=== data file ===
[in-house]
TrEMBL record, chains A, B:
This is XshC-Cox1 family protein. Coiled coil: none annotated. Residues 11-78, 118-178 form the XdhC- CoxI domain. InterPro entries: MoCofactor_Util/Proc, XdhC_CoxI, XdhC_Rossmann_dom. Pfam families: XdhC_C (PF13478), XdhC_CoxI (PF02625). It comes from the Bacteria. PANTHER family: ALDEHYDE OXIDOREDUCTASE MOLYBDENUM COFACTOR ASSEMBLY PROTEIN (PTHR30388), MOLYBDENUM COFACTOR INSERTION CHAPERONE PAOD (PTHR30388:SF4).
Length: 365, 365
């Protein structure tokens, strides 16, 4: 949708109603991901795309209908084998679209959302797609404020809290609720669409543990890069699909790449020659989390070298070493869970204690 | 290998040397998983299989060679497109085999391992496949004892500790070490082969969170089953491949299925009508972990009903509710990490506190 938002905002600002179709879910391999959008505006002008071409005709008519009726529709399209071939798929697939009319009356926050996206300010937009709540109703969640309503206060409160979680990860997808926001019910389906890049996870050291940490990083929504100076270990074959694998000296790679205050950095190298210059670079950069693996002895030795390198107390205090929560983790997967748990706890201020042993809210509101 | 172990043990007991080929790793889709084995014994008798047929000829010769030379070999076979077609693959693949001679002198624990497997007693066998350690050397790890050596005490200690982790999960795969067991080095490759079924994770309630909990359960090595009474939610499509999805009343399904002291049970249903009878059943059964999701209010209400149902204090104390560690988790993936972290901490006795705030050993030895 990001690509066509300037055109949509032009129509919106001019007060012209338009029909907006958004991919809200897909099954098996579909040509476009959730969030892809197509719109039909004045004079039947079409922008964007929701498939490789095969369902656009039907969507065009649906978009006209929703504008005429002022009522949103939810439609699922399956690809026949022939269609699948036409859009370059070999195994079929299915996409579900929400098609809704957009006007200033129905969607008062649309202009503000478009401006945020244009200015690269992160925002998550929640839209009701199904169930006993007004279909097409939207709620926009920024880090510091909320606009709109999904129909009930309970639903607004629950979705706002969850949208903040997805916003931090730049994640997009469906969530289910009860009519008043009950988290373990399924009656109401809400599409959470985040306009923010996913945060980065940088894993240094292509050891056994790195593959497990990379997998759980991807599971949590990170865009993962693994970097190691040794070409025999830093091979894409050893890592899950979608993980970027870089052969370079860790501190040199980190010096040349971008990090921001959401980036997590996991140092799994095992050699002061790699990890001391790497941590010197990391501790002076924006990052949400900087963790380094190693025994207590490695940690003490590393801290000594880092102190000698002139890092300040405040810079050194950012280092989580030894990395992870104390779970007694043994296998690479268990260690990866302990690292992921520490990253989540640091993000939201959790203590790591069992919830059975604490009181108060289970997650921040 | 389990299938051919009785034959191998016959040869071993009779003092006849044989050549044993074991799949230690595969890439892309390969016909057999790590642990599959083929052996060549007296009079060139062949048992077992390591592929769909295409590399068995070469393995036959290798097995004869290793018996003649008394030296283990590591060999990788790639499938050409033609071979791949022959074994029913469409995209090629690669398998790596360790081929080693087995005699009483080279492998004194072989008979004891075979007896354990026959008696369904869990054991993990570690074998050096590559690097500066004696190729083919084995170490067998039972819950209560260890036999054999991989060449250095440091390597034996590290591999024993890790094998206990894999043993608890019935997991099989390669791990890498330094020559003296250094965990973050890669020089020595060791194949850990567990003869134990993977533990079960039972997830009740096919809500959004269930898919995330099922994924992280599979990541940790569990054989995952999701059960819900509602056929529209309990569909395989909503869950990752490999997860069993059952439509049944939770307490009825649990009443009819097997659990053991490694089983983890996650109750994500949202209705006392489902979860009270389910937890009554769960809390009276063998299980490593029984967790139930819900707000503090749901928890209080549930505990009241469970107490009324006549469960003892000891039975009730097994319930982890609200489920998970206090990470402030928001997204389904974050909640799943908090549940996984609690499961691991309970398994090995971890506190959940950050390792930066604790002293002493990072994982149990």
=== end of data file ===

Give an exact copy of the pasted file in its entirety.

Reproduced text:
[in-house]
TrEMBL record, chains A, B:
This is XshC-Cox1 family protein. Coiled coil: none annotated. Residues 11-78, 118-178 form the XdhC- CoxI domain. InterPro entries: MoCofactor_Util/Proc, XdhC_CoxI, XdhC_Rossmann_dom. Pfam families: XdhC_C (PF13478), XdhC_CoxI (PF02625). It comes from the Bacteria. PANTHER family: ALDEHYDE OXIDOREDUCTASE MOLYBDENUM COFACTOR ASSEMBLY PROTEIN (PTHR30388), MOLYBDENUM COFACTOR INSERTION CHAPERONE PAOD (PTHR30388:SF4).
Length: 365, 365
């Protein structure tokens, strides 16, 4: 949708109603991901795309209908084998679209959302797609404020809290609720669409543990890069699909790449020659989390070298070493869970204690 | 290998040397998983299989060679497109085999391992496949004892500790070490082969969170089953491949299925009508972990009903509710990490506190 938002905002600002179709879910391999959008505006002008071409005709008519009726529709399209071939798929697939009319009356926050996206300010937009709540109703969640309503206060409160979680990860997808926001019910389906890049996870050291940490990083929504100076270990074959694998000296790679205050950095190298210059670079950069693996002895030795390198107390205090929560983790997967748990706890201020042993809210509101 | 172990043990007991080929790793889709084995014994008798047929000829010769030379070999076979077609693959693949001679002198624990497997007693066998350690050397790890050596005490200690982790999960795969067991080095490759079924994770309630909990359960090595009474939610499509999805009343399904002291049970249903009878059943059964999701209010209400149902204090104390560690988790993936972290901490006795705030050993030895 990001690509066509300037055109949509032009129509919106001019007060012209338009029909907006958004991919809200897909099954098996579909040509476009959730969030892809197509719109039909004045004079039947079409922008964007929701498939490789095969369902656009039907969507065009649906978009006209929703504008005429002022009522949103939810439609699922399956690809026949022939269609699948036409859009370059070999195994079929299915996409579900929400098609809704957009006007200033129905969607008062649309202009503000478009401006945020244009200015690269992160925002998550929640839209009701199904169930006993007004279909097409939207709620926009920024880090510091909320606009709109999904129909009930309970639903607004629950979705706002969850949208903040997805916003931090730049994640997009469906969530289910009860009519008043009950988290373990399924009656109401809400599409959470985040306009923010996913945060980065940088894993240094292509050891056994790195593959497990990379997998759980991807599971949590990170865009993962693994970097190691040794070409025999830093091979894409050893890592899950979608993980970027870089052969370079860790501190040199980190010096040349971008990090921001959401980036997590996991140092799994095992050699002061790699990890001391790497941590010197990391501790002076924006990052949400900087963790380094190693025994207590490695940690003490590393801290000594880092102190000698002139890092300040405040810079050194950012280092989580030894990395992870104390779970007694043994296998690479268990260690990866302990690292992921520490990253989540640091993000939201959790203590790591069992919830059975604490009181108060289970997650921040 | 389990299938051919009785034959191998016959040869071993009779003092006849044989050549044993074991799949230690595969890439892309390969016909057999790590642990599959083929052996060549007296009079060139062949048992077992390591592929769909295409590399068995070469393995036959290798097995004869290793018996003649008394030296283990590591060999990788790639499938050409033609071979791949022959074994029913469409995209090629690669398998790596360790081929080693087995005699009483080279492998004194072989008979004891075979007896354990026959008696369904869990054991993990570690074998050096590559690097500066004696190729083919084995170490067998039972819950209560260890036999054999991989060449250095440091390597034996590290591999024993890790094998206990894999043993608890019935997991099989390669791990890498330094020559003296250094965990973050890669020089020595060791194949850990567990003869134990993977533990079960039972997830009740096919809500959004269930898919995330099922994924992280599979990541940790569990054989995952999701059960819900509602056929529209309990569909395989909503869950990752490999997860069993059952439509049944939770307490009825649990009443009819097997659990053991490694089983983890996650109750994500949202209705006392489902979860009270389910937890009554769960809390009276063998299980490593029984967790139930819900707000503090749901928890209080549930505990009241469970107490009324006549469960003892000891039975009730097994319930982890609200489920998970206090990470402030928001997204389904974050909640799943908090549940996984609690499961691991309970398994090995971890506190959940950050390792930066604790002293002493990072994982149990």